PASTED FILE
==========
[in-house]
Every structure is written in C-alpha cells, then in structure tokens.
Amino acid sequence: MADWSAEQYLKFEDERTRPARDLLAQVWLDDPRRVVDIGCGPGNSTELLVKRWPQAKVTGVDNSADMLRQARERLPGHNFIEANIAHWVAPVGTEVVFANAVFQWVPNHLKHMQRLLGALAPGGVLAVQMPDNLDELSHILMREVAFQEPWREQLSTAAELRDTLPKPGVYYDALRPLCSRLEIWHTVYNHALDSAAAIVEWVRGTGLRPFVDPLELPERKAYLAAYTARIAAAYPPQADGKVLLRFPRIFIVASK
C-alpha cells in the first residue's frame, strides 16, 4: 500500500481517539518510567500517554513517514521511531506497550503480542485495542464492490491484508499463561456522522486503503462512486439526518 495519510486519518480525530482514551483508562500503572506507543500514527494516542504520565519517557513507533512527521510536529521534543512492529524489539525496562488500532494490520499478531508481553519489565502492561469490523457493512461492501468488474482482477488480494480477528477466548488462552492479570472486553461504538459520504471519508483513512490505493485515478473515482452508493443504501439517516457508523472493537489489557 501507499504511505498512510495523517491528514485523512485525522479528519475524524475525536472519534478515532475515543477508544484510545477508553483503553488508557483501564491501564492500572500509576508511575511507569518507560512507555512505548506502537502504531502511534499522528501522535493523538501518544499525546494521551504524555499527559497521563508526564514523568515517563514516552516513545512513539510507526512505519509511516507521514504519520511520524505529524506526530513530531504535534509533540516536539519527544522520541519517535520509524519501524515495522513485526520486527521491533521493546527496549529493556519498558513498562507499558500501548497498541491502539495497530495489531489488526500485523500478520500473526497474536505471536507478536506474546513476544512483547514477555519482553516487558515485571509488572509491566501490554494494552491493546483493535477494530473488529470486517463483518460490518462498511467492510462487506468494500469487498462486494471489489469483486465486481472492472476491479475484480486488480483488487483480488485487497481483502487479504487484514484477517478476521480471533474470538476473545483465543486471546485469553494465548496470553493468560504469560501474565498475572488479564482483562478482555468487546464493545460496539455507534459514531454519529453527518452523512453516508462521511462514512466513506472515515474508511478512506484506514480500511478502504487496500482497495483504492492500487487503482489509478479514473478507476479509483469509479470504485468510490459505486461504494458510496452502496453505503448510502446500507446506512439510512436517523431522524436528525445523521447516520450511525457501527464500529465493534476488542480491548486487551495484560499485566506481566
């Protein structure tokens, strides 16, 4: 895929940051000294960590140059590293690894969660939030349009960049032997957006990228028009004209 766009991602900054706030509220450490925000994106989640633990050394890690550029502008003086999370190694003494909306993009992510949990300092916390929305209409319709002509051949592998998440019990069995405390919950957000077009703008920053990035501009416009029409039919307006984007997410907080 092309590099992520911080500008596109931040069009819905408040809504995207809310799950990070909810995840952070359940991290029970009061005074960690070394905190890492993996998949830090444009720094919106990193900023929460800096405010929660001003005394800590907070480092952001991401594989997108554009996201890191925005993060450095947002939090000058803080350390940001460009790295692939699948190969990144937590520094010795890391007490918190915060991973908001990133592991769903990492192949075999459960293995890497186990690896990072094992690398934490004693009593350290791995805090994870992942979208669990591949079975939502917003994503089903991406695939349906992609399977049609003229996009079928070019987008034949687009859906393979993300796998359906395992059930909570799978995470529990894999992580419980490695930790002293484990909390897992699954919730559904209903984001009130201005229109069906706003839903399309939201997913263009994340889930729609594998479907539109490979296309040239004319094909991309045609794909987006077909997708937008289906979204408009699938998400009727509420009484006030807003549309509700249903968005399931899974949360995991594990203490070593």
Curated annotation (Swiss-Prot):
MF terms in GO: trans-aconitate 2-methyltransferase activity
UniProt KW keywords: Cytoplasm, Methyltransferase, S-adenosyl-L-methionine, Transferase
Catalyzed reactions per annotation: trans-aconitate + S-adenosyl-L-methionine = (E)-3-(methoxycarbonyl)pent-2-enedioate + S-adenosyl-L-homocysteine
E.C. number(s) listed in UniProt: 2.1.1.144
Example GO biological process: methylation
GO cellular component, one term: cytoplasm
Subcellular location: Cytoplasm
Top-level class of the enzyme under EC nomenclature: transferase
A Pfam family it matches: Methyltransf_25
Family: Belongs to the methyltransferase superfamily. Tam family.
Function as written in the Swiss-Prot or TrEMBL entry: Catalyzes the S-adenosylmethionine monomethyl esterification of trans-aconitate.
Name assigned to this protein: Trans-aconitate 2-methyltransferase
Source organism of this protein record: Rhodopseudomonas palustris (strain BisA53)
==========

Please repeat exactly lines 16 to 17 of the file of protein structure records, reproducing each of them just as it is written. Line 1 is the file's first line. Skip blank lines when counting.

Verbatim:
Family: Belongs to the methyltransferase superfamily. Tam family.
Function as written in the Swiss-Prot or TrEMBL entry: Catalyzes the S-adenosylmethionine monomethyl esterification of trans-aconitate.